(Host) Secretary of State Deb Markowitz says the partial results of a recount in the Auditor’s election shows that Democrat Tom Salmon has closed the gap in his race against Incumbent Republican Randy Brock.
Markowitz says she surprised by the trend that’s primarily responsible for shifting votes in this statewide recount.
VPR’s Bob Kinzel reports:
(Kinzel) The statewide recount in the Auditor’s race started on Monday December 4th. It’s a slow process where election workers sift through more than a quarter of a million ballots 50 votes at a time.
Secretary of State Deb Markowitz says the recount is now complete in 11 of the state’s 14 counties. The outstanding counties are Chittenden, Rutland and Windsor. These areas represent about 50 % of all votes cast. The Rutland and Windsor totals are expected in the very near future.
On election night, Brock received 137 more votes than Salmon. But the partial results of the recount show that Salmon has gained 302 votes and Brock has picked up 37. That gives Salmon a net gain of 265 and a temporary lead of about 128 votes.
Secretary of State Deb Markowitz expected that most of the changes would come in towns that use optical scan machines but that’s not what happened. The biggest changes have come in towns that hand count paper ballots. She says some votes cast for Salmon were mistakenly tallied for Liberty Union candidate Jerry Levy:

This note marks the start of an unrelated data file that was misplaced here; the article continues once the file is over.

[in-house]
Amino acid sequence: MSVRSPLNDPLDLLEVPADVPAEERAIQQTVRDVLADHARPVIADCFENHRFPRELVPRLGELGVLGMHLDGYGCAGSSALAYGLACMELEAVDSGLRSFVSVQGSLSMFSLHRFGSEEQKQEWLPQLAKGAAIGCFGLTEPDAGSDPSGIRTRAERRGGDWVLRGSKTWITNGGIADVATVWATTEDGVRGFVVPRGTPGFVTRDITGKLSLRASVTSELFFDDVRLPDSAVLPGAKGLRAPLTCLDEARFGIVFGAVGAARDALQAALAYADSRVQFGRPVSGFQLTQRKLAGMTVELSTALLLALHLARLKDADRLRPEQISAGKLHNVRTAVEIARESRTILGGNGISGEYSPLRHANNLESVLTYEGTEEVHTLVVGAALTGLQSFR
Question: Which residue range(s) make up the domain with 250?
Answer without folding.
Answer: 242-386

(Markowitz) “What it looks like is that particularly in the larger towns that are still hand counting, which means that they’re going on pretty late into the night, the count was accurate where there’s two people one is calling and the other is marking that that marking is accurate. But when those marks are transferred to the central tally sheet, some of the marks for Salmon were being placed mistakenly on the Levy column. And so what we’re seeing is that there are chunks of votes that were counted as Levy votes really being Salmon votes.”
(Kinzel) Markowitz questions if Brock will be able to regain the lead because most of the towns that haven’t been counted use the optical scan machines and the partial results of the recount demonstrate that these machines have been very accurate.
If the final tally results in a victory for Salmon, Markowitz says Brock has very few options to challenge the recount:
(Markowitz) “It’s not an opportunity for someone who’s simply unhappy with the results to say I want another bite of the apple. They really have to be able to point to something that was improper that was discovered in the course of the recount.”
(Kinzel) Markowitz says she hopes the recount will be complete by the middle of next week.
For Vermont Public Radio I’m Bob Kinzel in Montpelier.